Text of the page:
Like many other people, I consider our national park system to be a national treasure. Whenever I travel, I try to visit as many as I can, especially if there is an historical angle. My most ambitious adventure was when I was driving through Utah and visited Cedar Breaks National Monument, Bryce Canyon National Park, and Zion National Park all in one day. Yes, that was a busy day and it’s certainly not the “approved solution”, but at least I can say I got a glimpse at what these three beauties have to offer.
My favorite national park is Death Valley in California and Nevada. What impresses me so much about this park is how three major elements are interwoven. First are the places of great natural beauty that befits any park. Then there are the extremes of both temperature and altitude. Finally, there is a unique human element, from Scotty‘s Castle to the borax mines.
Yet when I think of national parks, I always think of Yosemite. I had the good fortune to stay inside that park twice when I lived in California. The second time was just a happy overnight interlude when I was moving back to the Midwest. My first visit was the most fun because I spent a full day there and got to explore. It was during this trip that I had my most bizarre experience in any national park.
If you’ve never been to Yosemite, staying in one of the cabins reminded me of stopping at a cheap motel near a busy freeway and having to listen to traffic noise all night. Yosemite has a similar, continuous background noise, but it comes from the spectacular waterfalls. I don’t know if it was me or the cabin location, or it had simply been a rainy spring (I was there in early May), but the sound of constant falling water did take some getting used to.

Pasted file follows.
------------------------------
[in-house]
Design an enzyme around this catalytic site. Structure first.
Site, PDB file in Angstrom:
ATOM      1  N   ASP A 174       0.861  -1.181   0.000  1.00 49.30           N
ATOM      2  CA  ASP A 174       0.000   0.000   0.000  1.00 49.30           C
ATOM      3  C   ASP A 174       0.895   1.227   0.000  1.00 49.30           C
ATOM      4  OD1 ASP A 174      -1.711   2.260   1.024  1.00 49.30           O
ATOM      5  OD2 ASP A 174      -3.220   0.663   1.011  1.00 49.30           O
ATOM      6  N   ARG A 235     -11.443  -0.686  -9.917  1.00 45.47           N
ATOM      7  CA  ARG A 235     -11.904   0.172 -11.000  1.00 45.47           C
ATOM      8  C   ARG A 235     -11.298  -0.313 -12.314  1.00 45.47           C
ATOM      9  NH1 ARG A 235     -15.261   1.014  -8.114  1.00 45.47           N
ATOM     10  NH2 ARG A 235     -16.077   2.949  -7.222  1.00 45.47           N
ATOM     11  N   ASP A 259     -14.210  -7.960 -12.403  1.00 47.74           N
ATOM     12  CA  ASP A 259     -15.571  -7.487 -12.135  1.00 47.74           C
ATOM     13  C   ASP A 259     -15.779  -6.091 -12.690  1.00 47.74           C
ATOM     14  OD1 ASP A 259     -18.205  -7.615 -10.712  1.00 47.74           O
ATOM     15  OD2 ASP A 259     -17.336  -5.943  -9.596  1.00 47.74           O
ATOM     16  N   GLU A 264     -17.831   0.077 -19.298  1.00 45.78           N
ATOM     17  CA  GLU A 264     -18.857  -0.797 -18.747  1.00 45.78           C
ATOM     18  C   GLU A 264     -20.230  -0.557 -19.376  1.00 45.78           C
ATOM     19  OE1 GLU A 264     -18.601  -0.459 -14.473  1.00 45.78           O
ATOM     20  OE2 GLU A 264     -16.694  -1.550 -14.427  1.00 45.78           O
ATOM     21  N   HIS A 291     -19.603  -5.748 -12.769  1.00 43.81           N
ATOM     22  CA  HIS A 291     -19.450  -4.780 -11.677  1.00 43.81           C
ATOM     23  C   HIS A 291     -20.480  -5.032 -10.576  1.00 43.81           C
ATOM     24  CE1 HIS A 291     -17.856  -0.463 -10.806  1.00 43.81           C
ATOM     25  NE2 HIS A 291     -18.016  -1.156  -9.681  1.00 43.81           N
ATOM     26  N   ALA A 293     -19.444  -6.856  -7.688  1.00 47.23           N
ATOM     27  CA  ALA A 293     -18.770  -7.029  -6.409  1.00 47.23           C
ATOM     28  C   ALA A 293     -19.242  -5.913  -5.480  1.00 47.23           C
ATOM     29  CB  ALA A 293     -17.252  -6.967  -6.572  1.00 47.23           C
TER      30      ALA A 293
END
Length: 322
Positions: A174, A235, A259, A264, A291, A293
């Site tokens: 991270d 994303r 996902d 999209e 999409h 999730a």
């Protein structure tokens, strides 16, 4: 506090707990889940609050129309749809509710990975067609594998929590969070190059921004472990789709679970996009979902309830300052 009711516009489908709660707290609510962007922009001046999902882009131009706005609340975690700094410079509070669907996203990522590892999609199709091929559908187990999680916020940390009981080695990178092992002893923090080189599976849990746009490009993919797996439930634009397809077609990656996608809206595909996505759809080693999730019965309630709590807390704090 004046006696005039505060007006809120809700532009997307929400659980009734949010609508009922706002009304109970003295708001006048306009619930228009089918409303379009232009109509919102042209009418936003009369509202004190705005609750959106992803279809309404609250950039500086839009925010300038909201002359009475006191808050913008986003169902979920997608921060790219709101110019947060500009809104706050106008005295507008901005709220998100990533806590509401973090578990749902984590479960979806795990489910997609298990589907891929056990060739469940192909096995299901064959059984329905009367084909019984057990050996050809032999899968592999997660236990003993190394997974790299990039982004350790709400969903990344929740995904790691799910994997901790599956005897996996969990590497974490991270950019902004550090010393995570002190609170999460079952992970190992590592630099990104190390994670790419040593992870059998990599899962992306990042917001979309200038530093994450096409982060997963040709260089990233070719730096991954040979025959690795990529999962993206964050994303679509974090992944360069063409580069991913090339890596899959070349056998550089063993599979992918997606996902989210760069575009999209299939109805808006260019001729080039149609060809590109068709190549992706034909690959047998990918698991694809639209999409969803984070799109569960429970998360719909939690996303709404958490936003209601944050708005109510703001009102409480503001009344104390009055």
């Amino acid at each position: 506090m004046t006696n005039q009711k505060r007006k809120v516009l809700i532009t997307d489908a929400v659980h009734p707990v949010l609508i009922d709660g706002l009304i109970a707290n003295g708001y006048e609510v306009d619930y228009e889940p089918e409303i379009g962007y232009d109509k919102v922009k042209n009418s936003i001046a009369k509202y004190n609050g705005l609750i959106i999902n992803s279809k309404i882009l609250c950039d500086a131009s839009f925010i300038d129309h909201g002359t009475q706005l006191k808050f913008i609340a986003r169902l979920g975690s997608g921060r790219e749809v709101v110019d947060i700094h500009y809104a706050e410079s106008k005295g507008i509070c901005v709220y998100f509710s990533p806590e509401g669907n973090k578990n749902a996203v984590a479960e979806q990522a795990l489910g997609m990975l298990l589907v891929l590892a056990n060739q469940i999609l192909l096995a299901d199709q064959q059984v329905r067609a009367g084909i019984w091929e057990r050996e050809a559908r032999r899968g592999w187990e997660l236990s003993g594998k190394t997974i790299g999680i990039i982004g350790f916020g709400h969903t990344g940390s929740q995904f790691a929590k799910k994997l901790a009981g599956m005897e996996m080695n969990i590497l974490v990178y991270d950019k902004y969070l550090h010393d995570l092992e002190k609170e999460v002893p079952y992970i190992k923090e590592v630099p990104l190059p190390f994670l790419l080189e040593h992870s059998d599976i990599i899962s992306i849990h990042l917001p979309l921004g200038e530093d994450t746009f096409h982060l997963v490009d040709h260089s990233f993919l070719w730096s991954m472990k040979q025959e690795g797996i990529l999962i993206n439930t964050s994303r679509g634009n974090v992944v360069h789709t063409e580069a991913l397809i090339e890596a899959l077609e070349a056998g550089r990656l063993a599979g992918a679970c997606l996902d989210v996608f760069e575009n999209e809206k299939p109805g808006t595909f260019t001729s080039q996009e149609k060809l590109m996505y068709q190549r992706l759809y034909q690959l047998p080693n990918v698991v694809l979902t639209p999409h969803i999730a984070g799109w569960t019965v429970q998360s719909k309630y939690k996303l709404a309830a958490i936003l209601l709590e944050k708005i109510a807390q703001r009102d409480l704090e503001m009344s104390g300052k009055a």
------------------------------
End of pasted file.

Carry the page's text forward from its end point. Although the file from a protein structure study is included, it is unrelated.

And wanting to take full advantage of my visit, I attended as many of the ranger’s presentations as I could. One was given by a young lady near my cabin. I can’t recall the complete text of her lecture, but she did introduce a concept I’d never even thought of before. Stand near the waterfalls during a full moon, she said, and you will be able to see a rainbow, or “moonbow” in the spray. Of course, the reason she explained this was because that night there just happened to be a full moon.
Naturally, I wanted to see this for myself. So as soon as her talk was finished, I hurried down the pathway to the nearest waterfall. The moon was providing a decent amount of light, certainly enough to walk down the path without any problems. I found a spot near the waterfall at what I thought was a close distance and peered through the mist.
Maybe if I stand closer. Still nothing.
I got as close as I could, twisting this way and that, clouds of mist rolling over me, and I couldn’t see anything resembling a rainbow from moonlight, artificial light (if there had been any), or any other kind of light. I was now feeling like a first-class idiot, half-soaked, and wondering if this had in fact been a late April Fool’s joke.
I finally gave up and started back up the path to find my cabin. To make matters worse, every other person I passed (who must’ve heard the same lecture) asked me “Did you see it? Did you see it?”
Leaving a trail of wet footprints, all I could do is mutter “No… No… No…”